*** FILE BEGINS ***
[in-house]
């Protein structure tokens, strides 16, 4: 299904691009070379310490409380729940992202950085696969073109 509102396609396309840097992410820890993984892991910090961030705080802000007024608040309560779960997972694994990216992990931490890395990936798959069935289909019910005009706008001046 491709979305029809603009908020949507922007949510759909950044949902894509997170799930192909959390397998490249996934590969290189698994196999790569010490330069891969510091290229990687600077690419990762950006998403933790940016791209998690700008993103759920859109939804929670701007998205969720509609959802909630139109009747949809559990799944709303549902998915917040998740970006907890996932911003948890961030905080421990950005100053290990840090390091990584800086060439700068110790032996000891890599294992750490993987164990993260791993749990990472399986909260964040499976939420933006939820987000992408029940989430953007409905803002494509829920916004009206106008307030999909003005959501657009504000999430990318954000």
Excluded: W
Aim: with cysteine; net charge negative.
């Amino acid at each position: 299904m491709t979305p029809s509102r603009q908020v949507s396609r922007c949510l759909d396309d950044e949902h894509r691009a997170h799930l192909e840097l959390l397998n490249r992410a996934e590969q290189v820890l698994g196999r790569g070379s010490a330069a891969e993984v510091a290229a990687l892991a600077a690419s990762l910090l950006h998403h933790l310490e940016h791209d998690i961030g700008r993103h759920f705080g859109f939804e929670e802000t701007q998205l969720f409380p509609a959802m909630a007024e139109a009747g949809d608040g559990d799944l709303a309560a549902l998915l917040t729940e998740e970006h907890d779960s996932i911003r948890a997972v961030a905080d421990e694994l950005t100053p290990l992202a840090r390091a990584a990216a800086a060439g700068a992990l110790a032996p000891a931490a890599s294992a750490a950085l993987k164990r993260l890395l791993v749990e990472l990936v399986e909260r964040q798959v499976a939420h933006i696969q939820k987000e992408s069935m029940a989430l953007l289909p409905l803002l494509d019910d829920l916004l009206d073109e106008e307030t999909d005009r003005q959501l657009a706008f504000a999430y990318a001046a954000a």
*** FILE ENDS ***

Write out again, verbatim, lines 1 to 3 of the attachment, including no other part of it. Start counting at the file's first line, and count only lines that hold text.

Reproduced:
[in-house]
């Protein structure tokens, strides 16, 4: 299904691009070379310490409380729940992202950085696969073109 509102396609396309840097992410820890993984892991910090961030705080802000007024608040309560779960997972694994990216992990931490890395990936798959069935289909019910005009706008001046 491709979305029809603009908020949507922007949510759909950044949902894509997170799930192909959390397998490249996934590969290189698994196999790569010490330069891969510091290229990687600077690419990762950006998403933790940016791209998690700008993103759920859109939804929670701007998205969720509609959802909630139109009747949809559990799944709303549902998915917040998740970006907890996932911003948890961030905080421990950005100053290990840090390091990584800086060439700068110790032996000891890599294992750490993987164990993260791993749990990472399986909260964040499976939420933006939820987000992408029940989430953007409905803002494509829920916004009206106008307030999909003005959501657009504000999430990318954000």
Excluded: W